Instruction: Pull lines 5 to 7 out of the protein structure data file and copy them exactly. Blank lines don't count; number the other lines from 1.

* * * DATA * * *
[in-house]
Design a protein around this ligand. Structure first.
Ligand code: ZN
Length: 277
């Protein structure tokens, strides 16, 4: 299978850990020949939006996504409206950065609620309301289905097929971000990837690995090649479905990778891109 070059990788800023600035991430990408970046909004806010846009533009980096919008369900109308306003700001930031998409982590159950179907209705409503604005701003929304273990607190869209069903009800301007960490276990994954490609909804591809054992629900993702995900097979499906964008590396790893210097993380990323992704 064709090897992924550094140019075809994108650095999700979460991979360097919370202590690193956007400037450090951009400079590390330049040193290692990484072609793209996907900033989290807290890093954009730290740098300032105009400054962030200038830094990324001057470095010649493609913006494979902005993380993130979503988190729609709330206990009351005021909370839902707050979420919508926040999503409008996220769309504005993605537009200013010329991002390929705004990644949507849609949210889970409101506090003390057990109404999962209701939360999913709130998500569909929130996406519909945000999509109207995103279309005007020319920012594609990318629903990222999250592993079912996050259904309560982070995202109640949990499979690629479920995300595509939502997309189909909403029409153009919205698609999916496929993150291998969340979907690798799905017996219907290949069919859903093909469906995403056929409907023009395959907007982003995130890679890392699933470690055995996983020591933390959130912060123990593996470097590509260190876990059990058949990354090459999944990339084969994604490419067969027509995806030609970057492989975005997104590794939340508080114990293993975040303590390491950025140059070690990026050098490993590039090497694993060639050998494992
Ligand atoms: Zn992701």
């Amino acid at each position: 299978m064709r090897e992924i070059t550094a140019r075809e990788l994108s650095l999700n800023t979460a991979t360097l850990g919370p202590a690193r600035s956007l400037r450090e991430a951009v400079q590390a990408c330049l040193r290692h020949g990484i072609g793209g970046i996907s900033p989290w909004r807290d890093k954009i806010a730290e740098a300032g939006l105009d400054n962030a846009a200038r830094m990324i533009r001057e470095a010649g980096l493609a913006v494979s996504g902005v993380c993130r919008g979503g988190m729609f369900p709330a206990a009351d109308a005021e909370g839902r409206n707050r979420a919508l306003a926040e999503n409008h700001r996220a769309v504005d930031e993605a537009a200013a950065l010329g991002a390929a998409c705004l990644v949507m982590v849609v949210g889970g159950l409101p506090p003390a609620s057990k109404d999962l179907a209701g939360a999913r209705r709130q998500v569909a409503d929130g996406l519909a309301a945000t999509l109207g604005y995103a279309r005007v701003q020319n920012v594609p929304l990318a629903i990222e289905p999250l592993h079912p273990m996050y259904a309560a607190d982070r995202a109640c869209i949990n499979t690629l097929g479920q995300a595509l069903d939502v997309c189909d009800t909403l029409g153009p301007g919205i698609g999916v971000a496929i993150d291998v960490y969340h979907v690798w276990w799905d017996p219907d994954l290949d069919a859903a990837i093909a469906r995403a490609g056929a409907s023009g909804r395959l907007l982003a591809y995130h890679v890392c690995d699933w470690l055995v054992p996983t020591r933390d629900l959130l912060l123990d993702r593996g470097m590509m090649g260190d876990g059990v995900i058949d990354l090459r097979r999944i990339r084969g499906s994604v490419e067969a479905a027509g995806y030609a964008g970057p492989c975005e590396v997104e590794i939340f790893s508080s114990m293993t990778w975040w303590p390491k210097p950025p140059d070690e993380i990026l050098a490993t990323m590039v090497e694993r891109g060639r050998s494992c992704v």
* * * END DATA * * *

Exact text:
């Protein structure tokens, strides 16, 4: 299978850990020949939006996504409206950065609620309301289905097929971000990837690995090649479905990778891109 070059990788800023600035991430990408970046909004806010846009533009980096919008369900109308306003700001930031998409982590159950179907209705409503604005701003929304273990607190869209069903009800301007960490276990994954490609909804591809054992629900993702995900097979499906964008590396790893210097993380990323992704 064709090897992924550094140019075809994108650095999700979460991979360097919370202590690193956007400037450090951009400079590390330049040193290692990484072609793209996907900033989290807290890093954009730290740098300032105009400054962030200038830094990324001057470095010649493609913006494979902005993380993130979503988190729609709330206990009351005021909370839902707050979420919508926040999503409008996220769309504005993605537009200013010329991002390929705004990644949507849609949210889970409101506090003390057990109404999962209701939360999913709130998500569909929130996406519909945000999509109207995103279309005007020319920012594609990318629903990222999250592993079912996050259904309560982070995202109640949990499979690629479920995300595509939502997309189909909403029409153009919205698609999916496929993150291998969340979907690798799905017996219907290949069919859903093909469906995403056929409907023009395959907007982003995130890679890392699933470690055995996983020591933390959130912060123990593996470097590509260190876990059990058949990354090459999944990339084969994604490419067969027509995806030609970057492989975005997104590794939340508080114990293993975040303590390491950025140059070690990026050098490993590039090497694993060639050998494992
Ligand atoms: Zn992701």
């Amino acid at each position: 299978m064709r090897e992924i070059t550094a140019r075809e990788l994108s650095l999700n800023t979460a991979t360097l850990g919370p202590a690193r600035s956007l400037r450090e991430a951009v400079q590390a990408c330049l040193r290692h020949g990484i072609g793209g970046i996907s900033p989290w909004r807290d890093k954009i806010a730290e740098a300032g939006l105009d400054n962030a846009a200038r830094m990324i533009r001057e470095a010649g980096l493609a913006v494979s996504g902005v993380c993130r919008g979503g988190m729609f369900p709330a206990a009351d109308a005021e909370g839902r409206n707050r979420a919508l306003a926040e999503n409008h700001r996220a769309v504005d930031e993605a537009a200013a950065l010329g991002a390929a998409c705004l990644v949507m982590v849609v949210g889970g159950l409101p506090p003390a609620s057990k109404d999962l179907a209701g939360a999913r209705r709130q998500v569909a409503d929130g996406l519909a309301a945000t999509l109207g604005y995103a279309r005007v701003q020319n920012v594609p929304l990318a629903i990222e289905p999250l592993h079912p273990m996050y259904a309560a607190d982070r995202a109640c869209i949990n499979t690629l097929g479920q995300a595509l069903d939502v997309c189909d009800t909403l029409g153009p301007g919205i698609g999916v971000a496929i993150d291998v960490y969340h979907v690798w276990w799905d017996p219907d994954l290949d069919a859903a990837i093909a469906r995403a490609g056929a409907s023009g909804r395959l907007l982003a591809y995130h890679v890392c690995d699933w470690l055995v054992p996983t020591r933390d629900l959130l912060l123990d993702r593996g470097m590509m090649g260190d876990g059990v995900i058949d990354l090459r097979r999944i990339r084969g499906s994604v490419e067969a479905a027509g995806y030609a964008g970057p492989c975005e590396v997104e590794i939340f790893s508080s114990m293993t990778w975040w303590p390491k210097p950025p140059d070690e993380i990026l050098a490993t990323m590039v090497e694993r891109g060639r050998s494992c992704v």